rugelach pinwheels Recipes

rugelach pinwheels

Picture this: You’re toweling off after your morning shower, your oatmeal in the microwave, looking into the mirror and thinking as per usual, “my god, am I pale. When is vacation again?” when you hear this noise from the living room. As you get closer, so does the noise, a fluttering, scratching and absolutely frantic in every little way sound. Is it (groan, another) mouse? Why does it sound like a bird? How could there be a bird in the wall? What if it’s stuck? It really sounds spazzed out in there. Calm down, Deb. Surely it’s nothing. It’s probably just a bird on the outside of your thin circa-1870 tenement walls. Sit down, eat your oatmeal, everything is going to be… #$%!!!! BIRD! BIRD! BIRD! BIRD! A BIRD FLEW OUT OF THE RADIATOR. Omg, it is THROWING itself against the window. Halp! HALP!

filling rugelach

You do the logical thing, and call your husband, who is not yet at work, how dare he leave you at home with a WILD ANIMAL banging into the walls. You open the other window, wide, afraid to go near the one that the bird is throwing itself against because, duh, you’ve seen the movie. But it won’t pay any attention to that window, it wants to go out this window and you think, “wow, you really aren’t that bright, are you?” but no, you do not utter the word “birdbrain.” You know who’s in charge here. You finally get your husband on the phone; he’s laughing, you mentally file divorce papers.

rolling rugelach

You calm your nerves long enough to open the window that the bird is trying to exit through, which sends it cowering behind your jade plants. Now both windows are wide open (and the front door, which technically doesn’t lead outside, but whatever, this is not your problem) and what does the bird do? Nothing. This goes on for about 15 minutes. “Come on little birdie!” you reason with your new roommate. “Fly! Fly!” “Out the window!” “Come on now, I know you wanna!” “You don’t want to be here any more than I want you to be.” “Come out from behind the jade plant.” And finally, “I am TRYING to help you but you have GOT to help yourself too!” At which point it flies into the middle of the living room and lands on the floor and you’re all “No! The OTHER way! Nooo!” (imagining it making a nest out of your cashmere sweaters), and it turns around and whooshes out the open window.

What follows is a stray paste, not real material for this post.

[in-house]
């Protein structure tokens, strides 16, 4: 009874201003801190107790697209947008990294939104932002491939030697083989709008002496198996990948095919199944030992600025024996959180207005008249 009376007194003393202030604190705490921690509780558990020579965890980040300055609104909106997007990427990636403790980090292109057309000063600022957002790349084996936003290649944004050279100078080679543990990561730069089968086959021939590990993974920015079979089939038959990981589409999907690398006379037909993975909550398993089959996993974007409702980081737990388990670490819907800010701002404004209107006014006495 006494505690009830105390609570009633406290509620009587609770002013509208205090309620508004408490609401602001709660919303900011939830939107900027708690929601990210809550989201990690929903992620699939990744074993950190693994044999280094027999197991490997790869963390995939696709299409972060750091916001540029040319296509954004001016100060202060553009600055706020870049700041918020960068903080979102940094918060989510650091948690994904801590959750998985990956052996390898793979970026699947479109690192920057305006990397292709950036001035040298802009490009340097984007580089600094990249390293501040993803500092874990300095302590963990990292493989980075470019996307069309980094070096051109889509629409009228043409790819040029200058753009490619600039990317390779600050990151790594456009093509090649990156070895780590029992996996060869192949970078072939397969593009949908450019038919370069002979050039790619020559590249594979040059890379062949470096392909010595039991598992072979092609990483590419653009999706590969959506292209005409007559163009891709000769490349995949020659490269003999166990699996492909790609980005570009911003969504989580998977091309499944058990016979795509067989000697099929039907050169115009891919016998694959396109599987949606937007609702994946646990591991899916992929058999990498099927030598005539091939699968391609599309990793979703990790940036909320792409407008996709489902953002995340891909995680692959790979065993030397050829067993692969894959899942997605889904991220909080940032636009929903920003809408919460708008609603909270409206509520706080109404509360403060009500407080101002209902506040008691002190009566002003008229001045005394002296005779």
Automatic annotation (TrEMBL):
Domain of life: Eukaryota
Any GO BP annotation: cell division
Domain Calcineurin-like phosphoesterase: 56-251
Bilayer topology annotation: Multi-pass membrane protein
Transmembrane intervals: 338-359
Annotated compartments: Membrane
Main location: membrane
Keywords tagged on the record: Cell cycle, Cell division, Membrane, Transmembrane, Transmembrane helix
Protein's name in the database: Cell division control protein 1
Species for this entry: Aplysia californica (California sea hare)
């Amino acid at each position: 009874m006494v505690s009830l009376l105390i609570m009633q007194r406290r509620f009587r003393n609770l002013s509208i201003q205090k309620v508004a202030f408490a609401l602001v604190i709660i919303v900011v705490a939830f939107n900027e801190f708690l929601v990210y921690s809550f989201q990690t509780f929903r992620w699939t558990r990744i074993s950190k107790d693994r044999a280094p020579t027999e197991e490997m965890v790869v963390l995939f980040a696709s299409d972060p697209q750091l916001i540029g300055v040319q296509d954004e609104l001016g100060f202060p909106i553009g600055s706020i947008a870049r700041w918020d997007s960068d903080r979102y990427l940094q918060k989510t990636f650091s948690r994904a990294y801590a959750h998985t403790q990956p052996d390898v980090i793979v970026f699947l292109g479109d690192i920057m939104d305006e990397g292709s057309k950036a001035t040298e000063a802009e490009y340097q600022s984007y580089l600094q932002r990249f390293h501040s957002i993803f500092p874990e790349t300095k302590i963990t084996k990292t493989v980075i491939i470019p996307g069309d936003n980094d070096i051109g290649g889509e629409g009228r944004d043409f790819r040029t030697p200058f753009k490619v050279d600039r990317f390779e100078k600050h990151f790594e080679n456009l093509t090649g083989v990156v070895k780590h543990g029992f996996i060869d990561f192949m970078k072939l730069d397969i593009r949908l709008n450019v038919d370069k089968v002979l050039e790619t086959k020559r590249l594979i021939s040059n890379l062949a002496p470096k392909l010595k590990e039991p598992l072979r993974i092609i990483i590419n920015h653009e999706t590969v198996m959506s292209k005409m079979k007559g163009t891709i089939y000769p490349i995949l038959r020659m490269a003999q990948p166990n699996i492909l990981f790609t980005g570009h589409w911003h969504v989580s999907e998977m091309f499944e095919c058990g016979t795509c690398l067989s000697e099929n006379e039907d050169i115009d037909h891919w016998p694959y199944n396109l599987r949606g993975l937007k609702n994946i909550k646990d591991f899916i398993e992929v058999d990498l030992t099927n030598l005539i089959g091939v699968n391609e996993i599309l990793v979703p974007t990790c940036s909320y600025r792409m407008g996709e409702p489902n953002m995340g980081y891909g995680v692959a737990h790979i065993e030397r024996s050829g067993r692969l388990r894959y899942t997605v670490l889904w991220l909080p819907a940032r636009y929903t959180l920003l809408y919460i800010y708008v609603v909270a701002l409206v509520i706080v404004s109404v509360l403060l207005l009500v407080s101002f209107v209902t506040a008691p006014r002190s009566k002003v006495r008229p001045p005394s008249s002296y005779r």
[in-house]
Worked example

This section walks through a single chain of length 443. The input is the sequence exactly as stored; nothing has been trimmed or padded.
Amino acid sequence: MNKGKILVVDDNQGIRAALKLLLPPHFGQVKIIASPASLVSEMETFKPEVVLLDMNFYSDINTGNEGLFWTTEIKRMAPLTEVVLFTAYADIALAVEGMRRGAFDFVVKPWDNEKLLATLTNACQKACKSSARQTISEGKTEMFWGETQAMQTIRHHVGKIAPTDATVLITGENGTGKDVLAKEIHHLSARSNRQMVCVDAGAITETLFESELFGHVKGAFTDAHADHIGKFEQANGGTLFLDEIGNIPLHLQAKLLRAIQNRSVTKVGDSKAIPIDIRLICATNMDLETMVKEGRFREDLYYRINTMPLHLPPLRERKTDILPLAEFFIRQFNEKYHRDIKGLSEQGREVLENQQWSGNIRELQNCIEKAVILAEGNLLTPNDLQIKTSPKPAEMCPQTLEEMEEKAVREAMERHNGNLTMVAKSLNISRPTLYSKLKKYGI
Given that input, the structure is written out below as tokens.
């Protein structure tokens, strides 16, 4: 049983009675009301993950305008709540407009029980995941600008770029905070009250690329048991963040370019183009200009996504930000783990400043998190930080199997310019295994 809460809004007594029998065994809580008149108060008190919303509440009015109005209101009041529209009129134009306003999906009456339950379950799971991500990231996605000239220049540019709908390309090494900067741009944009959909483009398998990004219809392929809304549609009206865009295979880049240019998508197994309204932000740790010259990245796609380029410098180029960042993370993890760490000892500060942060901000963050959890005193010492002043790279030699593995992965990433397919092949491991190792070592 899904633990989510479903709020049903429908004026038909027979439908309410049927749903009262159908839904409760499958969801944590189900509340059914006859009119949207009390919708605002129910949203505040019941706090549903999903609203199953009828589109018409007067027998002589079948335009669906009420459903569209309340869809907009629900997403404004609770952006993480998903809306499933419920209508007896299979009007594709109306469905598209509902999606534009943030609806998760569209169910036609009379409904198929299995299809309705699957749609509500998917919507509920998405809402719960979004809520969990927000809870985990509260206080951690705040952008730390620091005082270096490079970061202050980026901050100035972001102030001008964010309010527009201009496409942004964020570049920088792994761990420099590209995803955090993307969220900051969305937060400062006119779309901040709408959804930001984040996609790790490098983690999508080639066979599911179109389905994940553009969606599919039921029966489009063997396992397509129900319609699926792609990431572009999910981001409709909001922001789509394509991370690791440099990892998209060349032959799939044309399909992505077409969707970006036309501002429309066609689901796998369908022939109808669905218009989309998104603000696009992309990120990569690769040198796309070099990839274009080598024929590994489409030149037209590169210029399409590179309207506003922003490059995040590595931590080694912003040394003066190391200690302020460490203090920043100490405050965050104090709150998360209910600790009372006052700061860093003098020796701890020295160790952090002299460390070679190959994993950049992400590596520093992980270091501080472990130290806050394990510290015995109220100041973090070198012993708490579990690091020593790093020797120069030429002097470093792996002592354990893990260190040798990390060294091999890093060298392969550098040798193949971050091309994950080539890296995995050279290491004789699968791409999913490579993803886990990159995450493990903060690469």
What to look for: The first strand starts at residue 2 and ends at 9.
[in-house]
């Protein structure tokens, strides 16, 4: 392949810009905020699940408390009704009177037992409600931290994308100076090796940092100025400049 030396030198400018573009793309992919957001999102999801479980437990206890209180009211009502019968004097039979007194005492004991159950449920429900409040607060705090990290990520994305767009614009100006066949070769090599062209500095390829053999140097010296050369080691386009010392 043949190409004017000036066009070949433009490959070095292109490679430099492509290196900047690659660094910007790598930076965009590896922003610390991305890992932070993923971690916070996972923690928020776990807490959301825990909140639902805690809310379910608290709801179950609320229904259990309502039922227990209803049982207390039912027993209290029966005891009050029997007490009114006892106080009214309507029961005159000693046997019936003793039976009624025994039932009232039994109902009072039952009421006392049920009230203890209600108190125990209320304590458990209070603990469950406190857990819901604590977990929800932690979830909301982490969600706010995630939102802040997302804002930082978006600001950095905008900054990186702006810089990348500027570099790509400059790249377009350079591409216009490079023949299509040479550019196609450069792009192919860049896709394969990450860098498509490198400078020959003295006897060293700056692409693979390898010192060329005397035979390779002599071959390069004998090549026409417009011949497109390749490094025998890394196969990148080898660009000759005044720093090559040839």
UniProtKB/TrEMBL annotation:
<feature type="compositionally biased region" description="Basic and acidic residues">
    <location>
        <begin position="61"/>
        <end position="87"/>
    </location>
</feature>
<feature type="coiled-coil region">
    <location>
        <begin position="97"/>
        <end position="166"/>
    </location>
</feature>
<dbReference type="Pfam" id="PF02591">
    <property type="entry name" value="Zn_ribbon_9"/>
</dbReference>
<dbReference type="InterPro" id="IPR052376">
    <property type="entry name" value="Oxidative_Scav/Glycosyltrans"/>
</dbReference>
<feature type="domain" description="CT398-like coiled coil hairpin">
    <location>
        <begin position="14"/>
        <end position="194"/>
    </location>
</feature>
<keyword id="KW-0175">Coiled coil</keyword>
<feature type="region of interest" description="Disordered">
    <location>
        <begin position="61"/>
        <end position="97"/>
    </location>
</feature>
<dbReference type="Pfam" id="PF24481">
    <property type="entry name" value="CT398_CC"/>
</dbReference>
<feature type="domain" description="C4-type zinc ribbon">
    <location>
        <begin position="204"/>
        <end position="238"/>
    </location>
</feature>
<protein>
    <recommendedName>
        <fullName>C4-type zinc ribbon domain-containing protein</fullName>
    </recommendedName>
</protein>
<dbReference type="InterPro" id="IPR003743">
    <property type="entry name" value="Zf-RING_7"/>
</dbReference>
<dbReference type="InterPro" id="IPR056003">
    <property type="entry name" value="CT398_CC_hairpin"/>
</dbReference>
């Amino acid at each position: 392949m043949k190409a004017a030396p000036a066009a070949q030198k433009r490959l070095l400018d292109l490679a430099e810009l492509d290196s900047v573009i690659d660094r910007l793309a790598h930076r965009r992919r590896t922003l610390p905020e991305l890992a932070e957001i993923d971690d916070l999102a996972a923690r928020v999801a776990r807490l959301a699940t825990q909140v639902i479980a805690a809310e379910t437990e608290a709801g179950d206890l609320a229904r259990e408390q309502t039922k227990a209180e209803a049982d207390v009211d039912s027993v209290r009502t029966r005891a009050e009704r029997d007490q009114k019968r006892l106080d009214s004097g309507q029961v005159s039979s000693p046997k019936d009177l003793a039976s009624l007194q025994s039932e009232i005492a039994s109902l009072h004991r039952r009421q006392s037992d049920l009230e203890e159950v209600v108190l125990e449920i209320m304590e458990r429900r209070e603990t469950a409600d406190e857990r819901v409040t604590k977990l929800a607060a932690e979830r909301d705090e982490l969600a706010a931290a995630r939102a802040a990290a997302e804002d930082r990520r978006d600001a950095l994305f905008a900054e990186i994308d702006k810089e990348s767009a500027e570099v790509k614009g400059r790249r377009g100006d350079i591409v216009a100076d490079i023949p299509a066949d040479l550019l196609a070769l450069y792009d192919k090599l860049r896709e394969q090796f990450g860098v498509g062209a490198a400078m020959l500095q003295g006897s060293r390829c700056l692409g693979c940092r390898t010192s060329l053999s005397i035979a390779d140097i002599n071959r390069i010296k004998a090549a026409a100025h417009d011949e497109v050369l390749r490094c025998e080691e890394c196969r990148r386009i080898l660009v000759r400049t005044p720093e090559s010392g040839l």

rugelach pinwheels

And then you pour some Baileys over your oatmeal. Uh, kidding. Actually, you update your blog. I mean, who wouldn’t?

***

Speaking of jittery experiences… ha, no. I will not insult your attention with a painfully awkward segue. Let’s try again: In a relatively less traumatizing experience, some of you may remember a trip I took to The Martha Stewart Show a couple months ago. Despite the fact that I felt both hoodwinked and bamboozled by not being warned that we were going to be called out by the show and then tried to pretend it never happened, believe it or not, the show that day wasn’t all about us. Really!

rugelach pinwheels

In fact, Martha had as guest the two women who own the Sweet On You Bakery in Stamford, Conn. who made for Martha their signature pinwheel rugelach cookies. Now I love rugelach, well more than anyone should, and I spent most of the time they were cooking these questioning why anyone would fix what wasn’t broken (despite the fact that I do this all of the time).

rugelach pinwheels

Traditional rugelach–and hold tight, because I’ll have a recipe for these within a week, promise–are shaped more like tiny crescent rolls, but these women specifically said that they never liked how the centers got soft. But I love the soft centers! I thought, and wrote off these cookies before I even tried them.

rugelach pinwheels

As the credits rolled, these rugelach were passed out to audience members and guess what? They were absolutely amazing. Like, “Holy Wow OMG” good. Like, “I can’t wait to blog about these” good, which pretty much brings us up to last night.

If possible to imagine, they’re even better than I remember. They manage to be thin as a cookie while still tasting exactly like traditional rugelach–ever-so-slightly soft center and all. They’ll make your apartment smell amazing, too good even, as you might find yourself with an unwanted guest the next morning. Should this happen–and don’t say I didn’t warn you–the only advice I can give you is to cover the cookies (literally and figuratively) and don’t bother reasoning with it.